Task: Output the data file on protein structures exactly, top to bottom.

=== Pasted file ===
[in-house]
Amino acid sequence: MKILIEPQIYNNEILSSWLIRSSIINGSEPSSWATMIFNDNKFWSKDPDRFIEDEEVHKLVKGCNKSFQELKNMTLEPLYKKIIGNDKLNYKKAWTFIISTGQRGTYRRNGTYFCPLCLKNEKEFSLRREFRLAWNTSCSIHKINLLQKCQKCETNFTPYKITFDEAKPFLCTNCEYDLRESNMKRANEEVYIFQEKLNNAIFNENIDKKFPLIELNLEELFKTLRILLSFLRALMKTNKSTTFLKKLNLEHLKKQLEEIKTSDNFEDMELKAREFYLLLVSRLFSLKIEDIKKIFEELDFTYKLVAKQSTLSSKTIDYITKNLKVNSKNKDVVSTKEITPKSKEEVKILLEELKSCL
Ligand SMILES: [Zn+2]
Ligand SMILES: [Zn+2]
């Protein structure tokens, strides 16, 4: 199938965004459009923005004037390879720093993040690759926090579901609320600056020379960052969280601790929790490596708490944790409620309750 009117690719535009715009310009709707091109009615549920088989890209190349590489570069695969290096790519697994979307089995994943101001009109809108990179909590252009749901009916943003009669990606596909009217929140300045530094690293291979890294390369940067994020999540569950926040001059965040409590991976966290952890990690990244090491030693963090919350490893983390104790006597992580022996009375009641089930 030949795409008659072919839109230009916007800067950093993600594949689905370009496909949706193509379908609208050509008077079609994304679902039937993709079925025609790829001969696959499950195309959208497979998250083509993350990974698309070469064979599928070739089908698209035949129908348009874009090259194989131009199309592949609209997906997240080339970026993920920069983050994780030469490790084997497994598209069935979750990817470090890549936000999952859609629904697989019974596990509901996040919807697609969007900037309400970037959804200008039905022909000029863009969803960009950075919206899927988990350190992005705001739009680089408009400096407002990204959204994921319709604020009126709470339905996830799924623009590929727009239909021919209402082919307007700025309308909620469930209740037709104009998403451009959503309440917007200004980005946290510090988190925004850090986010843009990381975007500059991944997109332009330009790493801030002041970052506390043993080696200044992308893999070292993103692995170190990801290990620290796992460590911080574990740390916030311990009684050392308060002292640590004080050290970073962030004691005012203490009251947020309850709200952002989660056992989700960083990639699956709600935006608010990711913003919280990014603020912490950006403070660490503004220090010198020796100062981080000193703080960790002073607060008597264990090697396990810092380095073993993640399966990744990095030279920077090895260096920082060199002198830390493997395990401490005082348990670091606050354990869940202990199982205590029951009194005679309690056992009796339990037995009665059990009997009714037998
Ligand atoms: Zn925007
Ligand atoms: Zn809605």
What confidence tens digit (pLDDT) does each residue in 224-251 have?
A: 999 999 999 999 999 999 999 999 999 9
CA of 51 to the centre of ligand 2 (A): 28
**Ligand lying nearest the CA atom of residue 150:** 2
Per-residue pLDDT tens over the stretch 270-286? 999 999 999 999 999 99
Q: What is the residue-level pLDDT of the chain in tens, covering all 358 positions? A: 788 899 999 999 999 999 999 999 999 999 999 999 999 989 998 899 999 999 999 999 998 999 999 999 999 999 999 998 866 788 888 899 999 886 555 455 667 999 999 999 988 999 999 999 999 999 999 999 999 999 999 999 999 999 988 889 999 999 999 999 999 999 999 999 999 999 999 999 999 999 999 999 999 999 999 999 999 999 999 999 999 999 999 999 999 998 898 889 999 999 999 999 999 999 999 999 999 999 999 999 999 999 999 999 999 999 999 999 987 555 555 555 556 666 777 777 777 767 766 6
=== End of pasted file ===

[in-house]
Amino acid sequence: MKILIEPQIYNNEILSSWLIRSSIINGSEPSSWATMIFNDNKFWSKDPDRFIEDEEVHKLVKGCNKSFQELKNMTLEPLYKKIIGNDKLNYKKAWTFIISTGQRGTYRRNGTYFCPLCLKNEKEFSLRREFRLAWNTSCSIHKINLLQKCQKCETNFTPYKITFDEAKPFLCTNCEYDLRESNMKRANEEVYIFQEKLNNAIFNENIDKKFPLIELNLEELFKTLRILLSFLRALMKTNKSTTFLKKLNLEHLKKQLEEIKTSDNFEDMELKAREFYLLLVSRLFSLKIEDIKKIFEELDFTYKLVAKQSTLSSKTIDYITKNLKVNSKNKDVVSTKEITPKSKEEVKILLEELKSCL
Ligand SMILES: [Zn+2]
Ligand SMILES: [Zn+2]
């Protein structure tokens, strides 16, 4: 199938965004459009923005004037390879720093993040690759926090579901609320600056020379960052969280601790929790490596708490944790409620309750 009117690719535009715009310009709707091109009615549920088989890209190349590489570069695969290096790519697994979307089995994943101001009109809108990179909590252009749901009916943003009669990606596909009217929140300045530094690293291979890294390369940067994020999540569950926040001059965040409590991976966290952890990690990244090491030693963090919350490893983390104790006597992580022996009375009641089930 030949795409008659072919839109230009916007800067950093993600594949689905370009496909949706193509379908609208050509008077079609994304679902039937993709079925025609790829001969696959499950195309959208497979998250083509993350990974698309070469064979599928070739089908698209035949129908348009874009090259194989131009199309592949609209997906997240080339970026993920920069983050994780030469490790084997497994598209069935979750990817470090890549936000999952859609629904697989019974596990509901996040919807697609969007900037309400970037959804200008039905022909000029863009969803960009950075919206899927988990350190992005705001739009680089408009400096407002990204959204994921319709604020009126709470339905996830799924623009590929727009239909021919209402082919307007700025309308909620469930209740037709104009998403451009959503309440917007200004980005946290510090988190925004850090986010843009990381975007500059991944997109332009330009790493801030002041970052506390043993080696200044992308893999070292993103692995170190990801290990620290796992460590911080574990740390916030311990009684050392308060002292640590004080050290970073962030004691005012203490009251947020309850709200952002989660056992989700960083990639699956709600935006608010990711913003919280990014603020912490950006403070660490503004220090010198020796100062981080000193703080960790002073607060008597264990090697396990810092380095073993993640399966990744990095030279920077090895260096920082060199002198830390493997395990401490005082348990670091606050354990869940202990199982205590029951009194005679309690056992009796339990037995009665059990009997009714037998
Ligand atoms: Zn925007
Ligand atoms: Zn809605």
What confidence tens digit (pLDDT) does each residue in 224-251 have?
A: 999 999 999 999 999 999 999 999 999 9
CA of 51 to the centre of ligand 2 (A): 28
**Ligand lying nearest the CA atom of residue 150:** 2
Per-residue pLDDT tens over the stretch 270-286? 999 999 999 999 999 99
Q: What is the residue-level pLDDT of the chain in tens, covering all 358 positions? A: 788 899 999 999 999 999 999 999 999 999 999 999 999 989 998 899 999 999 999 999 998 999 999 999 999 999 999 998 866 788 888 899 999 886 555 455 667 999 999 999 988 999 999 999 999 999 999 999 999 999 999 999 999 999 988 889 999 999 999 999 999 999 999 999 999 999 999 999 999 999 999 999 999 999 999 999 999 999 999 999 999 999 999 999 999 998 898 889 999 999 999 999 999 999 999 999 999 999 999 999 999 999 999 999 999 999 999 999 987 555 555 555 556 666 777 777 777 767 766 6